Tuesday, January 24, 2012

Letter to Mrs. Mansfield: 'Depths of Pandemonia'

 "It seemed as if the very depths of Pandemonia, had sent her furies, and such a tornado of deadly
missiles screaming through the air," a surgeon wrote to General Joseph Mansfield's wife about the
circumstances before her husband's death at Antietam.  Below, Mansfield's grave in Middletown, Conn.
In a neatly written five-page letter to Louisa Mansfield dated April 28, 1863, a surgeon in the 107th New York described in detail the circumstances before her husband's death and his last hours at a Union field hospital. General Joseph K Mansfield of Middletown, Conn. was mortally wounded by a shot to the chest near the East Woods during the Battle of Antietam.

General Joseph Mansfield lived in this house in
Middletown, Conn.,  during  the Civil War. It now houses
the Middlesex County Historical Society.
"The wound was inflicted by a 'Minnie ball,' Dr. Patrick Flood wrote. "When I came up, some men were trying to carry him in a blanket, but the jolting motion, made him bleed so fast, they were afraid to move. I found the clothing around his chest saturated with blood, and upon opening them, found he was wounded in the right breast, the ball penetrating about two inches from the nipple, and passing out of the back, near the edge of the shoulder blade."  (Major hat tip to Randy Buchman's Enfilading Lines blog for first posting the contents of the letter.)

Mansfield died on Sept. 18, 1862, about 24 hours after he was wounded. He was 58 years old.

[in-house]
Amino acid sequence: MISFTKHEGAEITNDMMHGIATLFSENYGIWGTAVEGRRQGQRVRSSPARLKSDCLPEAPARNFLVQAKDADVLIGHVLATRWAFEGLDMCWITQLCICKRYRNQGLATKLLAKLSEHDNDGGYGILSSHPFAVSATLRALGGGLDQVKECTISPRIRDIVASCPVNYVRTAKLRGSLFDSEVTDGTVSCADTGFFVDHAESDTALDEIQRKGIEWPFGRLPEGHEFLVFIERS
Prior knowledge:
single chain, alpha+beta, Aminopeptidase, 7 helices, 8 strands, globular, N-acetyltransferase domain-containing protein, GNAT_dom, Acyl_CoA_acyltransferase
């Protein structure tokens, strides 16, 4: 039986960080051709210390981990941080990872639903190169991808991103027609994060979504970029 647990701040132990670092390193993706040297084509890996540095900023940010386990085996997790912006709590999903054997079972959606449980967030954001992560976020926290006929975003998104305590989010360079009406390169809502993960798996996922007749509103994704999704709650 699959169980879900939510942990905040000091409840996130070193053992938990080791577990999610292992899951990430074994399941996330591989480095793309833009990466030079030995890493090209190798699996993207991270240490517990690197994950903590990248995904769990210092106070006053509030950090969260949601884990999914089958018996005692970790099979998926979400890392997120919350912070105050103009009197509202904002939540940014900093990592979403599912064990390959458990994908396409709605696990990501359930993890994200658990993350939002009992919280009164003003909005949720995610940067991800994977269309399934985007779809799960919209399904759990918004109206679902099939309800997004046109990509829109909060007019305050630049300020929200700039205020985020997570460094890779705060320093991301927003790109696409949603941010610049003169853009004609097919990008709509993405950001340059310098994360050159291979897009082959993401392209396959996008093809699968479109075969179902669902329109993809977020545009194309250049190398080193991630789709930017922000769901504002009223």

The original Flood letter to Mrs. Mansfield is now in the collection of the Middlesex County Historical Society at the general's Civil War home in Middletown. Middlesex County Historical Society director Deborah Shapiro kindly photocopied Flood's letter for me recently, and a good friend of the blog enhanced it to make it even more readable than the original. Not quite as exciting as, say, purchasing a bible of a soldier who served in the 8th Connecticut for $3 at a community yard sale, but it's close. Sort of. (CLICK HERE FOR .PDF OF ENTIRE LETTER. IT'S A LARGE FILE.)

General Mansfield was one of more than 100 soldiers from Middletown, about 18 miles south of Hartford, who died during the Civil War. The most impressive exhibit at the Middlesex County Historical Society is a wall of photos of some of those soldiers from the town who gave the last full measure, including Mansfield and Private Robert Hubbard of the 14th Connecticut. I'll write much more about some of these soldiers in the coming weeks.

A wall of Middletown's Civil War dead at the Middlesex County Historical Society
in the former home of General Joseph Mansfield, who was mortally wounded at Antietam.
(The gentleman  in the middle was not from Middletown, Conn.)

MORE ON ANTIETAM: Read my extensive thread on the battle.

5 comments:

Patricia Kitto said...

Thank you for posting a copy of this amazing letter. One can only imagine how Dr. Flood felt writing it and how Mrs. Mansfield felt reading it. The language is hauntingly beautiful and certainly brings the reader back to "that sanguinary day".

Another excellent post.

Tad Sattler said...

Company G, 14th Connecticut reenactment group proudly replaced the State of CT seal on General Mansfield's Antietam monument restoring its glory. We are proud to honor one of CT's finest that gave the ultimate sacrifice for his country.

Stephen Recker said...

That is great stuff. A little known fact is that the house Mansfield died in was later moved up by the North Bridge on Antietam Creek.

John Banks said...

Stephen: You need to add John Banks' Civil War blog to your blog roll!!! Here's my Antietam thread: http://john-banks.blogspot.com/search/label/Antietam. Lots of good stuff there. :))))

JKF Mansfield 62 said...

Excellent information, John. I look forward to getting material from you as I make progress with my bio of Mansfield.